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MartyMcCormick
Product and Topic Expert
Product and Topic Expert
1,680
There is an API in S/4HANA Cloud that can be used to retrieve electronic documents.  This API (Document Compliance - Electronic Document File)  can be used for sending electronic documents to an external system.  The file content when the API is called is base64 encoded and a common question is how to decode and use this data.

In this blog, I'll show you how you can quickly develop an iFlow on SAP BTP Cloud Integration to poll for new documents, decode the files and send to an external system.

First, let's take a look at the API contents in Postman.  The service itself is based on the OData v4 protocol.  Notice the encoded file content in the ElectronicDocFileContent.


Electronic File in Postman


The requirement in this case is that any new files that have not been sent already should be sent via SFTP to the 3rd party.  We'll use the creation date and creation time to determine which documents should be sent.

The structure of the iFlow is shown in the image below.

  1. There is a main integration process that queries for the files and then a splitter to process the files one by one before updating 2 local variables to handle the date and time if necessary.

  2. Decode each file and SFTP to the 3rd party system

  3. Handle any errors

  4. Email errors to a power user to take corrective action


 


Electronic Document iFlow


The iFlow can be set up to either pull all files based on a static date or run in a "delta mode".  Delta mode uses the date and time of the last execution (which are saved as a local variables)  to fetch new documents.

The first Content Modifier sets up the required properties to handle the date and time and control the amount of logging that the iFlow will produce.



Initialize Properties


 

The script step then defines the filter to be used in the OData call.  If the iFlow is running in delta mode, it will use the variables, otherwise it will use the static dates.
def Message defineFilter(Message message) {
//Body
def body = message.getBody();
def messageLog = messageLogFactory.getMessageLog(message);
def pMap = message.getProperties();
//define Query Filter here
def queryFilter = "";
if(pMap.get("p_useDeltaMode") == "TRUE") {
//define date Filter
queryFilter = "(ElectronicDocFileCreationDate ge " + pMap.get("p_lastRunDate") + " and ElectronicDocFileCreationTime ge " + pMap.get("p_lastRunTime") + ")";
} else {
queryFilter = "(ElectronicDocFileCreationDate ge " + pMap.get("p_manualDate") + " and ElectronicDocFileCreationTime ge " + pMap.get("p_manualTime") + ")";;

}

if(pMap.get("p_debugMode").toUpperCase()=='TRUE' && messageLog != null) {
messageLog.setStringProperty("ResponsePayload", "Printing Payload As Attachment")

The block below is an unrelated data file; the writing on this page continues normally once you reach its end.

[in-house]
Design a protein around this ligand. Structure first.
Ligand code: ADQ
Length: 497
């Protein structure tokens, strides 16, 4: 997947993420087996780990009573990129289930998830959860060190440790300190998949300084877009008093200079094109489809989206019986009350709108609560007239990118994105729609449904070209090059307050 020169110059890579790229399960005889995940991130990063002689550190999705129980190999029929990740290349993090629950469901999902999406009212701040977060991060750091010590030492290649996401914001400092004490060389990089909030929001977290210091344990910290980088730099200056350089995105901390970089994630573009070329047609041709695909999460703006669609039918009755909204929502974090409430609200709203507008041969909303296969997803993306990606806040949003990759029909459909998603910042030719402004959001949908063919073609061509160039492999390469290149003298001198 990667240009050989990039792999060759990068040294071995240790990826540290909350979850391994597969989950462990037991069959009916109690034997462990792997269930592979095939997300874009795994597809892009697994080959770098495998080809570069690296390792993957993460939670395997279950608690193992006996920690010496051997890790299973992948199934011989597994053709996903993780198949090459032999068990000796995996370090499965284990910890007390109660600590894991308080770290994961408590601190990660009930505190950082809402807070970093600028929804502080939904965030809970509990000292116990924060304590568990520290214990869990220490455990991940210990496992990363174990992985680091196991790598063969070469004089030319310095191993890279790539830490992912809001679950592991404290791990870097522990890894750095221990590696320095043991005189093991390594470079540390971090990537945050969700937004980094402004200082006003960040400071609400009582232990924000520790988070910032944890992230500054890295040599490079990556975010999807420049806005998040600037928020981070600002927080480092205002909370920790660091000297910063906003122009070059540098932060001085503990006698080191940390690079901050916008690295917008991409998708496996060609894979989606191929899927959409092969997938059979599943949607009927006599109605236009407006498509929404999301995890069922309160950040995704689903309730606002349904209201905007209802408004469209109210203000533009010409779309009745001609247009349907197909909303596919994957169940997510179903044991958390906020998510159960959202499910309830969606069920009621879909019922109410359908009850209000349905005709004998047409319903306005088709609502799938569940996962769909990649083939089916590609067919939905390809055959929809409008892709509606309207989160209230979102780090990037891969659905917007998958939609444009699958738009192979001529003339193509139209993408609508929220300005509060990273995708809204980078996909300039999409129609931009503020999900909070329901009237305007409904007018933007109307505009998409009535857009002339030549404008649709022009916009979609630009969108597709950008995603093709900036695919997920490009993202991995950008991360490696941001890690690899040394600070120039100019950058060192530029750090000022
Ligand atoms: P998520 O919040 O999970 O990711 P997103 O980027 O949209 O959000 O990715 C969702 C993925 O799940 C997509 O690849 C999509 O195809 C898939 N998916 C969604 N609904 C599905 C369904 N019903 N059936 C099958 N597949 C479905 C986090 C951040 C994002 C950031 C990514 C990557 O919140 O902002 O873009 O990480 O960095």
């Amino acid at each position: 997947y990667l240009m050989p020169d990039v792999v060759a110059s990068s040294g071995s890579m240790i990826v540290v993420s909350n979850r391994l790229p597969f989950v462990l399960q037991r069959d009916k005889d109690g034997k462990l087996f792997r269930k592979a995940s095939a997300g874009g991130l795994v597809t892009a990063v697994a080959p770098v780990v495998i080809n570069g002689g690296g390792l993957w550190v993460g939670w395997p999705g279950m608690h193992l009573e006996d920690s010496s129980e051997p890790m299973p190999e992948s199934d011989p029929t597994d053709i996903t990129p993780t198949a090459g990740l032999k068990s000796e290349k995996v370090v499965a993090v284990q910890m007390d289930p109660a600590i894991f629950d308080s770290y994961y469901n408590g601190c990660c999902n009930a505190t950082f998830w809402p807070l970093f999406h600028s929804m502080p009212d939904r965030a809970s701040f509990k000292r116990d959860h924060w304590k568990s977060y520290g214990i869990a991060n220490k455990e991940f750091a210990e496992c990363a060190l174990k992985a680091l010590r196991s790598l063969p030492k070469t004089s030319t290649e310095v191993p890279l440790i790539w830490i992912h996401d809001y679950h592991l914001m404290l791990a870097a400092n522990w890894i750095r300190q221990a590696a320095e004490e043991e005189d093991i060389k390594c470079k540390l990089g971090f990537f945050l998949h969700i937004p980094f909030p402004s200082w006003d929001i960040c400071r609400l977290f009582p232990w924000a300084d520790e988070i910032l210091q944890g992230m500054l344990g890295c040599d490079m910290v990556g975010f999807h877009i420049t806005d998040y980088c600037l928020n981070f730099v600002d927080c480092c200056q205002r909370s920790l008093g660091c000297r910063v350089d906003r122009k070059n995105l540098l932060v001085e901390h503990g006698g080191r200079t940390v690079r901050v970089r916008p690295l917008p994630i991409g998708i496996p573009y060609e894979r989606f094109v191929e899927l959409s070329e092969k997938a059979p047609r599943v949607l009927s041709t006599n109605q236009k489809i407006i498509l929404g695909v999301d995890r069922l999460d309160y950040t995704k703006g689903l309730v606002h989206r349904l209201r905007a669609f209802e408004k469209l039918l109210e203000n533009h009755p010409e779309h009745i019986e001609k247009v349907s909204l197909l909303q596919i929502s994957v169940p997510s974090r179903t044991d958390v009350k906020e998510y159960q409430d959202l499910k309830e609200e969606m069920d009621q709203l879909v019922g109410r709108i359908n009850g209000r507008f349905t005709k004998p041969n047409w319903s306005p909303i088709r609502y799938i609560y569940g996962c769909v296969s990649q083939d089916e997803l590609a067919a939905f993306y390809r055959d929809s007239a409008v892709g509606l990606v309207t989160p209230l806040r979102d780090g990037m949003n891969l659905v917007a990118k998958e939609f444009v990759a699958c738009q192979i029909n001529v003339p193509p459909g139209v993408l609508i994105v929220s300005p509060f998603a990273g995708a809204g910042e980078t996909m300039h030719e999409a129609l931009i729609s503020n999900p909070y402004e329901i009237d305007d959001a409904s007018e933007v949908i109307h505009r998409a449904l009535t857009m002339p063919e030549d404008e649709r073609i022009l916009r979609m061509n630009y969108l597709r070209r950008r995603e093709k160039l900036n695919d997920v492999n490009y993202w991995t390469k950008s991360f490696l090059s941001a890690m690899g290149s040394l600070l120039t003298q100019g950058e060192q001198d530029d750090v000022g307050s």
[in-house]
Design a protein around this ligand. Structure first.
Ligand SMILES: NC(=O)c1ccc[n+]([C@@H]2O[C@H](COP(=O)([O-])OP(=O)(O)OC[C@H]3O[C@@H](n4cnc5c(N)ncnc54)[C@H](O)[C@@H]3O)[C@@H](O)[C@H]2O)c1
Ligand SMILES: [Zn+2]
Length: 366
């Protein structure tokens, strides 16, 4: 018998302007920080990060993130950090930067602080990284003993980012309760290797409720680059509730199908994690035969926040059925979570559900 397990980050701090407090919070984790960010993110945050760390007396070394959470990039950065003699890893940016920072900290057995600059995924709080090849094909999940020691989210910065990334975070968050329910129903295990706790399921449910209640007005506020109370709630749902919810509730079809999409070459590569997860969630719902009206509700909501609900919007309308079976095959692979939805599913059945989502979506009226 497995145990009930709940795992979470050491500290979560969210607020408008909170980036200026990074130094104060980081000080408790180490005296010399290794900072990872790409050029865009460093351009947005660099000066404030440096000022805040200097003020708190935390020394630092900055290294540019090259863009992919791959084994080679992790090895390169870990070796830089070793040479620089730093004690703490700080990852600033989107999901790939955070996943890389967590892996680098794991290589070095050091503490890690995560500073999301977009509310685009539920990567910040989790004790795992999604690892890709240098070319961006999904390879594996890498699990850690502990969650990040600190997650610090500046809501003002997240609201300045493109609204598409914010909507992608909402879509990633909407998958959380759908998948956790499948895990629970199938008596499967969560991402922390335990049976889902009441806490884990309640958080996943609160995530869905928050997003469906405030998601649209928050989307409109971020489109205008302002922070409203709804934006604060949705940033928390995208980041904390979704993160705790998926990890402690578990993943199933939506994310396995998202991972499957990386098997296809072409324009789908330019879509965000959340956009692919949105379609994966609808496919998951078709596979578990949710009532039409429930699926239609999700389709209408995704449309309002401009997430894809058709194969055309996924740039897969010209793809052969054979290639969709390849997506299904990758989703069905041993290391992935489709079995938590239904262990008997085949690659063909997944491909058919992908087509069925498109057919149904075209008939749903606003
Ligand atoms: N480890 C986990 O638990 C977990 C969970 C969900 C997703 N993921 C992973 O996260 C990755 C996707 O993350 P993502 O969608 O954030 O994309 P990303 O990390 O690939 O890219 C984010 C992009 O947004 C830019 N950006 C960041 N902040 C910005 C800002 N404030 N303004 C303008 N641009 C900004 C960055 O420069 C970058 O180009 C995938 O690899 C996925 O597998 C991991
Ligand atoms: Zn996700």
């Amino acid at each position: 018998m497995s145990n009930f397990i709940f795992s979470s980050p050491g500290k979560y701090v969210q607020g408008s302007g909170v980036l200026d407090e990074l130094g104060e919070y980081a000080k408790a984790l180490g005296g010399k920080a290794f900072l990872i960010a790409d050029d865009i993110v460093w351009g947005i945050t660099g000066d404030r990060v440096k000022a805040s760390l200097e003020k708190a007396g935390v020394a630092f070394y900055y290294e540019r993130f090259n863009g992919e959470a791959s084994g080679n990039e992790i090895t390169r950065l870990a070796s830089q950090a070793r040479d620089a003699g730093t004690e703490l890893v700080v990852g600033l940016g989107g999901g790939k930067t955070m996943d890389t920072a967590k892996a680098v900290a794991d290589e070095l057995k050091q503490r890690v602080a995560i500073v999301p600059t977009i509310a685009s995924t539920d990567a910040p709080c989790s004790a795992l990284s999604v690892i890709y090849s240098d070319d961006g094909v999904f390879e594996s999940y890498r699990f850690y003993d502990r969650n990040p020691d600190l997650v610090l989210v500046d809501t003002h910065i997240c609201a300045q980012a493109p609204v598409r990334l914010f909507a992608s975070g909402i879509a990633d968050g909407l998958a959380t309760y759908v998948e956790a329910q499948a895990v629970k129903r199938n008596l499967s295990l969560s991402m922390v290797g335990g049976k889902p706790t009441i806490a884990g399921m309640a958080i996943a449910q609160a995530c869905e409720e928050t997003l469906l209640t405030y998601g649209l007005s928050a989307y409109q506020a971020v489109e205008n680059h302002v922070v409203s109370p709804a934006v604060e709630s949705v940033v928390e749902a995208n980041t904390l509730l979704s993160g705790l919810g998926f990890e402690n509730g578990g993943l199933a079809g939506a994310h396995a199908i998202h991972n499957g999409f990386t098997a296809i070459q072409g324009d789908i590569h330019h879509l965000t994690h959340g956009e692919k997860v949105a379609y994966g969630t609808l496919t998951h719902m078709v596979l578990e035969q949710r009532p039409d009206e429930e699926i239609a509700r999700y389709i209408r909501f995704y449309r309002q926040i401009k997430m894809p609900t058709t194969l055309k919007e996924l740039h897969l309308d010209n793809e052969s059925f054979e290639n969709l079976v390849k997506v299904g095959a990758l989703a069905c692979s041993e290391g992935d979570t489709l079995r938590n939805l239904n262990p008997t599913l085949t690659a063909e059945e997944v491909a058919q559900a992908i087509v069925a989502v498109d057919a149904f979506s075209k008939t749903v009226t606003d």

messageLog.addAttachmentAsString("Query Filter:", queryFilter, "text/plain");
}

message.setProperty("p_queryFilter", queryFilter);
return message;
}

The output of this script results in a filter as such:
ElectronicDocFileCreationDate ge 2022-08-01 and ElectronicDocFileCreationTime ge 13:28:06

Of course you could add any additional parameters to this query.  For example, you may only want to query for certain document types and can add ElectronicDocFileType to the filter.

This property is then used in the OData v4 $filter statement:


OData v4 Call to Electronic Document API


The results can then be split using an XPath expression in a Splitter which makes a process call to handle each document.
/ElectronicDocFile/ElectronicDocFile_Type

 

The sub process then decodes and sends each document and is very straightforward.  First, a Content Modifier is used to write the filename and file content to properties.  The script step then sets the Message Body to the file content for the decoder.
message.setBody(pMap.get("p_fileContent"));

Then you use a Base64 Decoder which decodes the file and an SFTP step sends the file with the file name property.


Process eDocument


This is a sample decoded document that would be sent via SFTP.


Decoded Invoice


Finally, back in the main process a check is done using a Router to see if the iFlow is running in delta mode, and if it is the new date and time are written to local variables for use in the next run.  Otherwise, the iFlow was run using manual dates so the variables for "last run" should not be updated.


Write Variables


You should check the results and handle any errors according to your requirements.

That's all it takes to set up an iFlow that polls for new eDocuments and sends them to an external system.  You can be up and running with your own in a very short amount of time.

Thanks,
Marty
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